Never Felt Far Away From India: Suu Kyi
Never felt "far away" from India, said pro-democracy icon Aung San Suu
Kyi, who describes herself "partly a citizen" of this country.
Addressing a gathering at her alma mater Lady Shriram College from where
she graduated in 1964, Suu Kyi remembered her formative years in the
prestigious institution and said she never felt far away from India even
in days when she had little contacts with this country.
"I feel myself partly a citizen of India, a citizen of love and honour,"
67-year-old Suu Kyi said, addressing "my girls" in the college.
Suu Kyi, who is on a visit to India after a gap of 25 years, said she
did not think that the people of India were connected to her through an
intellectual bond but it was more of an emotional bond.
"Coming back to LSR (Lady Shri Ram) is not just coming back home, it is
coming back to a place where I know my aspirations have not been wrong,"
Suu Kyi, who has been waging a campaign for democracy in Myanmar for
"I always knew I would come back to this hall where I had learned to
sing one of Gandhi's favourite renderings- Raghupati Raghav Raja Ram," a
smiling Suu Kyi said drawing loud applause from the audience.
Addressing a jam-packed auditorium with alumni and students in
attendance, Suu Kyi, who was placed under house arrest in 1989, talked
about her fight for democracy in Myanmar reminding the audience that
democratic rights were very precious.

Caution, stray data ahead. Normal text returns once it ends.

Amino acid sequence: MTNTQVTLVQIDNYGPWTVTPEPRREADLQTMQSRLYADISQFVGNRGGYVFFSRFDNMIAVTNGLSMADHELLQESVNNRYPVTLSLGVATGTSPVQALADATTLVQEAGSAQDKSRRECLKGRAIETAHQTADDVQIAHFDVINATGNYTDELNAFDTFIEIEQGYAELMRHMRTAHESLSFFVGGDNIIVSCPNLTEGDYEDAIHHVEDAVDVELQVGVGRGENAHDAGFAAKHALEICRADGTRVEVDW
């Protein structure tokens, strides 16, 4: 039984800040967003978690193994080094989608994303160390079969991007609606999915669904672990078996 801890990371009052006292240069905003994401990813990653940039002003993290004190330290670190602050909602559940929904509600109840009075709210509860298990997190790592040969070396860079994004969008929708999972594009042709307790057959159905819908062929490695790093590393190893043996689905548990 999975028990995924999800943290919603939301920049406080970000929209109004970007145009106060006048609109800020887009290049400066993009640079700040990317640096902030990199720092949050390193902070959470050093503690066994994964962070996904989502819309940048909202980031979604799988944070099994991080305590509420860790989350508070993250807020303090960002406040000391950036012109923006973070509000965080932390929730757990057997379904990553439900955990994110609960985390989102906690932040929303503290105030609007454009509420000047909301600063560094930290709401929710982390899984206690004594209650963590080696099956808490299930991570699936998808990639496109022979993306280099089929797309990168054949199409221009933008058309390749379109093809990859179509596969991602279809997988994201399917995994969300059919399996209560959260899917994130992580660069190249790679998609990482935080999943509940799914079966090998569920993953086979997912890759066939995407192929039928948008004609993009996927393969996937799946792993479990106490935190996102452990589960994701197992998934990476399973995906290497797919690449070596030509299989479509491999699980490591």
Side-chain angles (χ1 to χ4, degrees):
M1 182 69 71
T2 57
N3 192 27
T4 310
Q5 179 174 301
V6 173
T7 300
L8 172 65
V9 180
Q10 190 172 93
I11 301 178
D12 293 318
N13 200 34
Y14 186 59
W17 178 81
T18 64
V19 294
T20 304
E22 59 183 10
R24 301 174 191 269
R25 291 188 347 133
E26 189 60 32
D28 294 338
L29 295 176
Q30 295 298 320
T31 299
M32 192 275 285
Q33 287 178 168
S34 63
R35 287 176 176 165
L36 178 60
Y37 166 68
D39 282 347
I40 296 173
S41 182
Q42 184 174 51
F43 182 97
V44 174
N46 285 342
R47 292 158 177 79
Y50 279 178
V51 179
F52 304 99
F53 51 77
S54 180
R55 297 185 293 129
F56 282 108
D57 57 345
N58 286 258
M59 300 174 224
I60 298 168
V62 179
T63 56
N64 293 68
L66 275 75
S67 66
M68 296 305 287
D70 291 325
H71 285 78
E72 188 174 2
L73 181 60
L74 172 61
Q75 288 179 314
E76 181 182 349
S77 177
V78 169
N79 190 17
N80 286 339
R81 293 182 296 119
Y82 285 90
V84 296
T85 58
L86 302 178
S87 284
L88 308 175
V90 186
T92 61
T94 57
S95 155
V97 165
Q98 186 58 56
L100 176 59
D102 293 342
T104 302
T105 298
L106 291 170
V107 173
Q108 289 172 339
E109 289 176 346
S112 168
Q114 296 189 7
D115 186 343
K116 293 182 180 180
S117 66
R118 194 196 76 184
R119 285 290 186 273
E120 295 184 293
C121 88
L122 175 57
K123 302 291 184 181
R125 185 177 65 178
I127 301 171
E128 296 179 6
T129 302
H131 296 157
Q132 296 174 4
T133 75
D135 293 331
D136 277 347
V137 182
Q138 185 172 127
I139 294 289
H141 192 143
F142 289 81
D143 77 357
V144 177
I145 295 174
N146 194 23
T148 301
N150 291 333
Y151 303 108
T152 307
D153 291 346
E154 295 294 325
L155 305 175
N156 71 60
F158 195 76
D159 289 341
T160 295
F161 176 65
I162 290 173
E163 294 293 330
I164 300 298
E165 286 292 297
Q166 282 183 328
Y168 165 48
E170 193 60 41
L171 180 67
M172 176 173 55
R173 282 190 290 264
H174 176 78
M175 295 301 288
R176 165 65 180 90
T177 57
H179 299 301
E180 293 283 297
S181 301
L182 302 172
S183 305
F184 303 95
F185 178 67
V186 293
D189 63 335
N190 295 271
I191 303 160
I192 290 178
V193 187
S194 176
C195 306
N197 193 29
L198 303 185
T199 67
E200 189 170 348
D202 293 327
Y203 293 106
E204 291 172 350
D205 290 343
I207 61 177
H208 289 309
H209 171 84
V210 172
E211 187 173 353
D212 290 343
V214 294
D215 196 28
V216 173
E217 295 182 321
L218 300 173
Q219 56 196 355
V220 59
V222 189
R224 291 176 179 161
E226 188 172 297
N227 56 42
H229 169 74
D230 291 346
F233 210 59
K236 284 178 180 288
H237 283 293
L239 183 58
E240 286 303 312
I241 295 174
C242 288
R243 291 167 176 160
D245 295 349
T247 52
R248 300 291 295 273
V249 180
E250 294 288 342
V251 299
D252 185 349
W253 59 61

"It's only when you don't have them, you realise how precious they are,"
she said, adding that many things were taken for granted here which "we
are fighting for, struggling for in Burma."
Noting that her country needs India's help in its progression towards
democracy, she made a passionate plea, saying, "We are trying to achieve
democracy. In our endeavour we need you, we need your help."
The pro-democracy icon had earlier said she was saddened that India was
drawn away from Myanmar in its "most difficult days" and hoped it will
stand by her country in achieving democracy.
During her speech today, Suu Kyi said, "At this moment we have to ask for help, we have to ask for your support.
"But we are doing that so that one day we are in a position to give to
others not just our experience, but our warmth and generosity or what we
have to offer to the world in a way of stronger and more positive links
between all human beings."
Touching on campus life in Myanmar, she said youngsters in her country
do not know what campus life means or what university means.
"For them, it means going to classes, lectures, and going home again.
There is no life beyond a classroom. We want our universities to be
institutions, we want to revive campus life in Burma," she said.
Suu Kyi said she wanted the universities to be institutions that produce
young people with courage, with probing minds, with the ability to go
out and face the challenges of life.
Suu Kyi said she was hoping to see what kept her closely linked to the
country over the years "when I had very little contact with you."
"It is basically the warmth in our hearts that has kept us together...I
think it is an intelligent emotional bond, a bond that is not just
emotional but based on intelligent acceptance of our mutual needs.
"We need one another, not just people of India and the people Burma but
people all over the world. We need you to help us in our progress in
democracy. We have not yet achieved democracy, we are trying to achieve
democracy and in our endeavour we need your help we need you with us,"
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